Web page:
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5 Questions to Tell if Your Mentor is a Good Fit For You

Mentors are excellent resources, but how can you tell if the two of you are  good fit? Read on for 5 questions to ask to see if your mentor is a good fit for you.

What makes a good mentor? Knowing the answer to this question will help you find an effective mentor and will help form the relationship you have with your mentor.

Here are some questions to help you decide if your mentor is a good fit:

1. Does your mentor give you advice that motivates you?

If your mentor consistently gives you advice that you don’t agree with or that doesn’t motivate you, it may not be the right fit.

2. Does your mentor challenge you?

Does your mentor make you want to be better? Does he/she give you advice that you don’t want to hear, but know you need to hear? If they are, they are a good mentor.

For years, my mentor has been telling me to pursue a graduate degree. I knew it was something I needed to do, but wasn’t ready to take her advice. Now, I know the timing is right and that she was correct in challenging me to think about this obvious next step in my life.

3. Do you enjoy the time with your mentor?

If you dread meeting your mentor, or don’t set up meetings because you don’t want to, you may not have the right mentor. You should always look forward to the time you have with your mentor.

Even the times filled with difficult, but helpful information should be something you welcome. If you don’t enjoy the time, your mentor probably doesn’t either which won’t make for a successful meeting.

4. Does your mentor inspire you?

A good mentor will create an excitement in you to follow your path or try something new. You want a mentor who will inspire you to be better and try harder.

5. Does your mentor have the kind of life you aspire to?

When thinking of a mentor, it is best to have someone who has the kind of life you want. Hopefully, they will have gone through things that you will deal with and will be able to save you from some mistakes. If possible, choose someone who is a bit older than you so that they can share their wisdom with you.

Asking yourself these five questions will help you establish if you and your mentor are a good fit for each other.

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What should a mentor do?

In addition to motivating, challenging and inspiring you, here are some additional things a mentor should do for you. says your mentors should do three things:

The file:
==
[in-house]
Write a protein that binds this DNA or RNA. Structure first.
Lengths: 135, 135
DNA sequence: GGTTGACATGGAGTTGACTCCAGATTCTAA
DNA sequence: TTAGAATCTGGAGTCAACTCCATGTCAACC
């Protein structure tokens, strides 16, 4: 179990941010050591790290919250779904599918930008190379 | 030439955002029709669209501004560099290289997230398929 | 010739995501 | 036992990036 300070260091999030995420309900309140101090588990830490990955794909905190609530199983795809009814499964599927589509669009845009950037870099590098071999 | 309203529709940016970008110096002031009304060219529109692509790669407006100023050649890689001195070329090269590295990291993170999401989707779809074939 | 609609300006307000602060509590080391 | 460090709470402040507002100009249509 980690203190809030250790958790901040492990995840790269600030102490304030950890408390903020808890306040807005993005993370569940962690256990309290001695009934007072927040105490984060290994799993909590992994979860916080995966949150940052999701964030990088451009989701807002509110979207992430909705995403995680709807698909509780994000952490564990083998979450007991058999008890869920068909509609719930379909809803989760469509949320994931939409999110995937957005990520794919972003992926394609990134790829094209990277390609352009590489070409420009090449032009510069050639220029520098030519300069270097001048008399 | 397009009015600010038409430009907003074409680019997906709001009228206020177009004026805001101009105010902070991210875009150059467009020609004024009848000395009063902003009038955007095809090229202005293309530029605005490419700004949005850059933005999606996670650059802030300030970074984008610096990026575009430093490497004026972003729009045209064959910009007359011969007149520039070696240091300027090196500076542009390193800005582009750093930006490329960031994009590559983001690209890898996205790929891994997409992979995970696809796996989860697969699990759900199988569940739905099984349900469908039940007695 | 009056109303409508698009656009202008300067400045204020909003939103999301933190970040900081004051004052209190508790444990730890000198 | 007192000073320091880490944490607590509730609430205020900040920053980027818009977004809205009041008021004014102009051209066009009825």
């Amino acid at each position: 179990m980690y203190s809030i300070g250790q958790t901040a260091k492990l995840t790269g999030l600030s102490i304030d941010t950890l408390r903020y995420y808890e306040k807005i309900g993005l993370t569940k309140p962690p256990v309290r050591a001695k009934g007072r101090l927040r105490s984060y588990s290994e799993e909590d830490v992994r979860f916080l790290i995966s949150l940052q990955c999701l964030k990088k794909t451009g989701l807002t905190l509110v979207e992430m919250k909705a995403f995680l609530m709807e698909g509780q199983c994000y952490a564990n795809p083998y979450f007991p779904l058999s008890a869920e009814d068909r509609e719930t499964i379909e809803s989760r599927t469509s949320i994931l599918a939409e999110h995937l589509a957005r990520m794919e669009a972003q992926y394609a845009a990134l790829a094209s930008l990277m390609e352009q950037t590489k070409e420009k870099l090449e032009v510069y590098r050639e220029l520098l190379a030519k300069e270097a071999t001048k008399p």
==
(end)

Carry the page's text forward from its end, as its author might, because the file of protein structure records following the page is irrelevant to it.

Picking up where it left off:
• They give career advice. Your mentor should give you career advice and answer questions you have about your career. Ask them difficult questions; don’t spend your time asking them questions you already know the answer to.
  • They provide much needed emotional support when times get tough.
  • They act as a role model, giving you something to emulate and aspire to.

Knowing what makes a good mentor and what your mentor should do will help you when asking a mentor. Only ask a mentor who will push you to be a better employee and person. Think of someone you have an existing relationship with, or someone who you are connected to. It is not a great idea to ask someone you don’t know and have no connection with to be your mentor; it doesn’t make sense for either of you.

Check out this article to help you craft an email to a potential mentor.

What happens if you have a mentor who isn’t a good fit?

Talk with them and be honest. Tell them what you think isn’t working and where the void is. If they can, they will try to better meet your needs. If they can’t, you may want to go back to having them as a professional contact as opposed to a formal mentor. It will save your time and theirs, but honesty and openness is key in getting this conversation right. You have to be thoughtful during the conversation to make sure you don’t burn a bridge.

If you have a mentor already, evaluate your relationship to make sure it is a good fit and to make sure you are effectively utilizing their time. If you don’t have a mentor, find one! Don’t be afraid to ask and don’t be discouraged if you hear no. Take ownership of your career success by seeking out someone who can help.

About the Author

Jessica Sharp

Jessica Sharp is passionate about empowering underserved and minority communities, diverse representation, and brain education. Jessica is the Founder and Chief Educator of Sharp Brain Consulting which works with public service agencies to provide education about the brain and its effect on organizational outcomes. Additionally, she is on the leadership team of Meals on Wheels in her town of Greenville, SC. She is completing a Masters of Public Affairs from the University of Missouri. Upon her completion, she will attend William James College to obtain a Doctorate of Psychology. Follow her on twitter at @sharpjes.